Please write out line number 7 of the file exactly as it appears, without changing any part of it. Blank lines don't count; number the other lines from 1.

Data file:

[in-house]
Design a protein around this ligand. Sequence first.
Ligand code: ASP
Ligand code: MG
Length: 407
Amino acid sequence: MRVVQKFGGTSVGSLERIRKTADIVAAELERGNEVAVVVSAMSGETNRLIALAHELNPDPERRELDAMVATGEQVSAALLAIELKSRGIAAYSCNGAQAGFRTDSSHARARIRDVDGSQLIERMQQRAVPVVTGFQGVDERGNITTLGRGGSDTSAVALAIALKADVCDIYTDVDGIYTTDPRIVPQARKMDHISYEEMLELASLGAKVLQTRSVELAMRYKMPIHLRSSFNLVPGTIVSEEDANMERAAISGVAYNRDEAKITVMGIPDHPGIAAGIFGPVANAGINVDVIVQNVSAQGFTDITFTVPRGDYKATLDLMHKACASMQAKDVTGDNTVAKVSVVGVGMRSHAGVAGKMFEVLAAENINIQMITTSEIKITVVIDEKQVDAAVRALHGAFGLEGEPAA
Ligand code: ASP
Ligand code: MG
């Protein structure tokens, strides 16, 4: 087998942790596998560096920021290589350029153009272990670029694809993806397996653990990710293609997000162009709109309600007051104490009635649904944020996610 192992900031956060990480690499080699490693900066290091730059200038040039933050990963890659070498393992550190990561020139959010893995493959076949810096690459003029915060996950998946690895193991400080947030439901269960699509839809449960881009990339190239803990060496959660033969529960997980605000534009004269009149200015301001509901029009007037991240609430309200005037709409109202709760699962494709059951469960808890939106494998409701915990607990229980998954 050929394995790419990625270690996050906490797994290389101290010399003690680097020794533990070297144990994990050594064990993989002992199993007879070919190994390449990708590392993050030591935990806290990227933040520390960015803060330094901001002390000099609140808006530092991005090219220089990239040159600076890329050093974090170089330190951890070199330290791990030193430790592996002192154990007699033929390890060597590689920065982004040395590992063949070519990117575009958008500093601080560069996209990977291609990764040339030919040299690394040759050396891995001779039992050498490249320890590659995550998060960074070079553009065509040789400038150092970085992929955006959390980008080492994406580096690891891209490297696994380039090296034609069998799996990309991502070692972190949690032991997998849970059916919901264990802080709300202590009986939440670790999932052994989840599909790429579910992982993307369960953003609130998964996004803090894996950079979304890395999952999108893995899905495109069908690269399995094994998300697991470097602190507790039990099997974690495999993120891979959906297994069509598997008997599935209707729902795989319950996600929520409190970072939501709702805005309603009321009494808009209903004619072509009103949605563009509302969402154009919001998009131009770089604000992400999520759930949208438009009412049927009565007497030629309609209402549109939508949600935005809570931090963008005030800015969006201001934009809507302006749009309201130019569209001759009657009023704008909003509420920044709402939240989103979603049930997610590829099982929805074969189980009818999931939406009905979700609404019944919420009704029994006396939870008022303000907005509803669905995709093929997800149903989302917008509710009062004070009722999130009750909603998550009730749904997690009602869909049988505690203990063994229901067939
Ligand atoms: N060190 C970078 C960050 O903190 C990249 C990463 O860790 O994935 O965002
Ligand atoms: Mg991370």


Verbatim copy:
Ligand code: ASP